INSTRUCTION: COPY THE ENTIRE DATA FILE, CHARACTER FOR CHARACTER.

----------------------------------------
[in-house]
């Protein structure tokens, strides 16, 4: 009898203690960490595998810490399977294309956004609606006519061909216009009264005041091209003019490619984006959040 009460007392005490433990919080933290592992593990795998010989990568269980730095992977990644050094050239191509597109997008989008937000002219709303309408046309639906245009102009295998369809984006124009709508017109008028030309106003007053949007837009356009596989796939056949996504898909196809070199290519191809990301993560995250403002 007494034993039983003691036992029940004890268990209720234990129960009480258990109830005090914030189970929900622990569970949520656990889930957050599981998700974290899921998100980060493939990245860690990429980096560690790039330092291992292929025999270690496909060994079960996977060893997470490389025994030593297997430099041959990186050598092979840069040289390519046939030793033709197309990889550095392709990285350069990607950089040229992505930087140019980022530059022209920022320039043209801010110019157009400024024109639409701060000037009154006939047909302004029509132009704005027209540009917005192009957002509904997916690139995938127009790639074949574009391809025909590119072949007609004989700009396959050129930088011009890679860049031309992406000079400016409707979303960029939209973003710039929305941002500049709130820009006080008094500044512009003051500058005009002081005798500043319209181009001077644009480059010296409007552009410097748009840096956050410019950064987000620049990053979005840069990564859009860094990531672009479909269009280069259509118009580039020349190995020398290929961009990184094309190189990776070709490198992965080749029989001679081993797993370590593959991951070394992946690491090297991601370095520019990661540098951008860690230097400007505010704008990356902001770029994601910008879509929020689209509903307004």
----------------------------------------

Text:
[in-house]
């Protein structure tokens, strides 16, 4: 009898203690960490595998810490399977294309956004609606006519061909216009009264005041091209003019490619984006959040 009460007392005490433990919080933290592992593990795998010989990568269980730095992977990644050094050239191509597109997008989008937000002219709303309408046309639906245009102009295998369809984006124009709508017109008028030309106003007053949007837009356009596989796939056949996504898909196809070199290519191809990301993560995250403002 007494034993039983003691036992029940004890268990209720234990129960009480258990109830005090914030189970929900622990569970949520656990889930957050599981998700974290899921998100980060493939990245860690990429980096560690790039330092291992292929025999270690496909060994079960996977060893997470490389025994030593297997430099041959990186050598092979840069040289390519046939030793033709197309990889550095392709990285350069990607950089040229992505930087140019980022530059022209920022320039043209801010110019157009400024024109639409701060000037009154006939047909302004029509132009704005027209540009917005192009957002509904997916690139995938127009790639074949574009391809025909590119072949007609004989700009396959050129930088011009890679860049031309992406000079400016409707979303960029939209973003710039929305941002500049709130820009006080008094500044512009003051500058005009002081005798500043319209181009001077644009480059010296409007552009410097748009840096956050410019950064987000620049990053979005840069990564859009860094990531672009479909269009280069259509118009580039020349190995020398290929961009990184094309190189990776070709490198992965080749029989001679081993797993370590593959991951070394992946690491090297991601370095520019990661540098951008860690230097400007505010704008990356902001770029994601910008879509929020689209509903307004």